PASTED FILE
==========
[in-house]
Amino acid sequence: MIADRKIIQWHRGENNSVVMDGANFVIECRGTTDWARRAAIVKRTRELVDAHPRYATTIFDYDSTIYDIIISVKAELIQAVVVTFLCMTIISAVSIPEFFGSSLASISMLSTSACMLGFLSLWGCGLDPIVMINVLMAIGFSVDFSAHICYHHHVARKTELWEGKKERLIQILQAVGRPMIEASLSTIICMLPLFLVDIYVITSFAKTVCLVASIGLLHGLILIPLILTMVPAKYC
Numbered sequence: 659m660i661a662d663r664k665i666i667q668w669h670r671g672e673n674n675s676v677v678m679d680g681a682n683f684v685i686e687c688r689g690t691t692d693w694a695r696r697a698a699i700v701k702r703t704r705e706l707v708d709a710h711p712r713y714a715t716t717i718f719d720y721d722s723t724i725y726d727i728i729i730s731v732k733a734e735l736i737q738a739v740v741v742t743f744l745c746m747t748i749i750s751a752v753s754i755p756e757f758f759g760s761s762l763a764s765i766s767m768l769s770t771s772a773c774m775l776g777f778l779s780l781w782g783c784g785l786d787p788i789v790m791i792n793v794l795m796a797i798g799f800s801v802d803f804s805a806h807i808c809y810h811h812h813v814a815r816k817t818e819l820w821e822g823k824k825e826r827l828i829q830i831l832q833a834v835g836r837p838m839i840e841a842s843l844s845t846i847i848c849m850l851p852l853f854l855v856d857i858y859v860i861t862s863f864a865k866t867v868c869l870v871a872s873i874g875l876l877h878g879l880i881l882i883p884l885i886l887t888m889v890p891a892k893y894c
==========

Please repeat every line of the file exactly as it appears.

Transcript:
[in-house]
Amino acid sequence: MIADRKIIQWHRGENNSVVMDGANFVIECRGTTDWARRAAIVKRTRELVDAHPRYATTIFDYDSTIYDIIISVKAELIQAVVVTFLCMTIISAVSIPEFFGSSLASISMLSTSACMLGFLSLWGCGLDPIVMINVLMAIGFSVDFSAHICYHHHVARKTELWEGKKERLIQILQAVGRPMIEASLSTIICMLPLFLVDIYVITSFAKTVCLVASIGLLHGLILIPLILTMVPAKYC
Numbered sequence: 659m660i661a662d663r664k665i666i667q668w669h670r671g672e673n674n675s676v677v678m679d680g681a682n683f684v685i686e687c688r689g690t691t692d693w694a695r696r697a698a699i700v701k702r703t704r705e706l707v708d709a710h711p712r713y714a715t716t717i718f719d720y721d722s723t724i725y726d727i728i729i730s731v732k733a734e735l736i737q738a739v740v741v742t743f744l745c746m747t748i749i750s751a752v753s754i755p756e757f758f759g760s761s762l763a764s765i766s767m768l769s770t771s772a773c774m775l776g777f778l779s780l781w782g783c784g785l786d787p788i789v790m791i792n793v794l795m796a797i798g799f800s801v802d803f804s805a806h807i808c809y810h811h812h813v814a815r816k817t818e819l820w821e822g823k824k825e826r827l828i829q830i831l832q833a834v835g836r837p838m839i840e841a842s843l844s845t846i847i848c849m850l851p852l853f854l855v856d857i858y859v860i861t862s863f864a865k866t867v868c869l870v871a872s873i874g875l876l877h878g879l880i881l882i883p884l885i886l887t888m889v890p891a892k893y894c